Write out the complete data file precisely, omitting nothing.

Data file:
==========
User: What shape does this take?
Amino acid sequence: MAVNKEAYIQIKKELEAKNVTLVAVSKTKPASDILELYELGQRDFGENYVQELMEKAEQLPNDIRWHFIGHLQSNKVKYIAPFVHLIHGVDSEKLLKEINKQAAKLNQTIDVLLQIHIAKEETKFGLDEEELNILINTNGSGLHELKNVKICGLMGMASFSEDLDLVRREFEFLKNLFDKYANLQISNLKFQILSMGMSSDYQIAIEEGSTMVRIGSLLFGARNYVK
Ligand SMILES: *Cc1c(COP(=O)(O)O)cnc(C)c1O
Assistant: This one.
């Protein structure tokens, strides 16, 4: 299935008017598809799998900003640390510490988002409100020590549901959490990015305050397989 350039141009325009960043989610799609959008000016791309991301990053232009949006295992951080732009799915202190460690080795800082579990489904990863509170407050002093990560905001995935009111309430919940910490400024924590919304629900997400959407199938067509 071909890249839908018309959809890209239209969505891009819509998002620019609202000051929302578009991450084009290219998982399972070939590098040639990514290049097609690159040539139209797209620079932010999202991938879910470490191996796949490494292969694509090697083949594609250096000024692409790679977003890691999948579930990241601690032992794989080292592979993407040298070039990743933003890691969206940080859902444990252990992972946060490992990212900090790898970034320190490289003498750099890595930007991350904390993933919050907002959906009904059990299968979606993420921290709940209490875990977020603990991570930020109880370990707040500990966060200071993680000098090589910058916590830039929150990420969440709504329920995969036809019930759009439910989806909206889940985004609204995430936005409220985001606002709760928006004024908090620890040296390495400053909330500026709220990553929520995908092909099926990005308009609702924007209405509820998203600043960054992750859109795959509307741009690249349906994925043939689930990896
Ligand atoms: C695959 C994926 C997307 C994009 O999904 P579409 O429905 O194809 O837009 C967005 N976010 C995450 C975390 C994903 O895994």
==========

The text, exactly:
User: What shape does this take?
Amino acid sequence: MAVNKEAYIQIKKELEAKNVTLVAVSKTKPASDILELYELGQRDFGENYVQELMEKAEQLPNDIRWHFIGHLQSNKVKYIAPFVHLIHGVDSEKLLKEINKQAAKLNQTIDVLLQIHIAKEETKFGLDEEELNILINTNGSGLHELKNVKICGLMGMASFSEDLDLVRREFEFLKNLFDKYANLQISNLKFQILSMGMSSDYQIAIEEGSTMVRIGSLLFGARNYVK
Ligand SMILES: *Cc1c(COP(=O)(O)O)cnc(C)c1O
Assistant: This one.
């Protein structure tokens, strides 16, 4: 299935008017598809799998900003640390510490988002409100020590549901959490990015305050397989 350039141009325009960043989610799609959008000016791309991301990053232009949006295992951080732009799915202190460690080795800082579990489904990863509170407050002093990560905001995935009111309430919940910490400024924590919304629900997400959407199938067509 071909890249839908018309959809890209239209969505891009819509998002620019609202000051929302578009991450084009290219998982399972070939590098040639990514290049097609690159040539139209797209620079932010999202991938879910470490191996796949490494292969694509090697083949594609250096000024692409790679977003890691999948579930990241601690032992794989080292592979993407040298070039990743933003890691969206940080859902444990252990992972946060490992990212900090790898970034320190490289003498750099890595930007991350904390993933919050907002959906009904059990299968979606993420921290709940209490875990977020603990991570930020109880370990707040500990966060200071993680000098090589910058916590830039929150990420969440709504329920995969036809019930759009439910989806909206889940985004609204995430936005409220985001606002709760928006004024908090620890040296390495400053909330500026709220990553929520995908092909099926990005308009609702924007209405509820998203600043960054992750859109795959509307741009690249349906994925043939689930990896
Ligand atoms: C695959 C994926 C997307 C994009 O999904 P579409 O429905 O194809 O837009 C967005 N976010 C995450 C975390 C994903 O895994």